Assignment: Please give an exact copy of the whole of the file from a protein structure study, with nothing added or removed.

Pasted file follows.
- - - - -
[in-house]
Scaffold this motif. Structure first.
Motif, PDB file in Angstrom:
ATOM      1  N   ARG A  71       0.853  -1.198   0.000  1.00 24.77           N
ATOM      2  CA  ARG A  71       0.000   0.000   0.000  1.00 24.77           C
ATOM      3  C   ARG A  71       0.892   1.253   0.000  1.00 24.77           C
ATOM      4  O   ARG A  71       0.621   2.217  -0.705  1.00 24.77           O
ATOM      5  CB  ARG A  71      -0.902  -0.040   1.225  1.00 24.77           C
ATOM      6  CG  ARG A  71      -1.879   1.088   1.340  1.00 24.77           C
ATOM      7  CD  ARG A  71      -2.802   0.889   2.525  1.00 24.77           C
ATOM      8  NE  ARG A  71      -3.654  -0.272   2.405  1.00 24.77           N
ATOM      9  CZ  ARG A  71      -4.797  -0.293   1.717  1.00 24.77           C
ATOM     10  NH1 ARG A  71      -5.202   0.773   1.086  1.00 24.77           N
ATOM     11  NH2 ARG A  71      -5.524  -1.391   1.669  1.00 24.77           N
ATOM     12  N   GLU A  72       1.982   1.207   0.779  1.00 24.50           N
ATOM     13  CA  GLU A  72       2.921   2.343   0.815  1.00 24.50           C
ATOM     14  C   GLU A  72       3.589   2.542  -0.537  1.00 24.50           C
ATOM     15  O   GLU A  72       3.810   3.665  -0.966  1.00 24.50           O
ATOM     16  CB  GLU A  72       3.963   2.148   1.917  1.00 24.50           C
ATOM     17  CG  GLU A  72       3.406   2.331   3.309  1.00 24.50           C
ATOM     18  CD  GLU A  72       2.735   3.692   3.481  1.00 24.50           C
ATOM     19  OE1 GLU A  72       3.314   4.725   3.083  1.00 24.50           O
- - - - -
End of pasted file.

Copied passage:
[in-house]
Scaffold this motif. Structure first.
Motif, PDB file in Angstrom:
ATOM      1  N   ARG A  71       0.853  -1.198   0.000  1.00 24.77           N
ATOM      2  CA  ARG A  71       0.000   0.000   0.000  1.00 24.77           C
ATOM      3  C   ARG A  71       0.892   1.253   0.000  1.00 24.77           C
ATOM      4  O   ARG A  71       0.621   2.217  -0.705  1.00 24.77           O
ATOM      5  CB  ARG A  71      -0.902  -0.040   1.225  1.00 24.77           C
ATOM      6  CG  ARG A  71      -1.879   1.088   1.340  1.00 24.77           C
ATOM      7  CD  ARG A  71      -2.802   0.889   2.525  1.00 24.77           C
ATOM      8  NE  ARG A  71      -3.654  -0.272   2.405  1.00 24.77           N
ATOM      9  CZ  ARG A  71      -4.797  -0.293   1.717  1.00 24.77           C
ATOM     10  NH1 ARG A  71      -5.202   0.773   1.086  1.00 24.77           N
ATOM     11  NH2 ARG A  71      -5.524  -1.391   1.669  1.00 24.77           N
ATOM     12  N   GLU A  72       1.982   1.207   0.779  1.00 24.50           N
ATOM     13  CA  GLU A  72       2.921   2.343   0.815  1.00 24.50           C
ATOM     14  C   GLU A  72       3.589   2.542  -0.537  1.00 24.50           C
ATOM     15  O   GLU A  72       3.810   3.665  -0.966  1.00 24.50           O
ATOM     16  CB  GLU A  72       3.963   2.148   1.917  1.00 24.50           C
ATOM     17  CG  GLU A  72       3.406   2.331   3.309  1.00 24.50           C
ATOM     18  CD  GLU A  72       2.735   3.692   3.481  1.00 24.50           C
ATOM     19  OE1 GLU A  72       3.314   4.725   3.083  1.00 24.50           O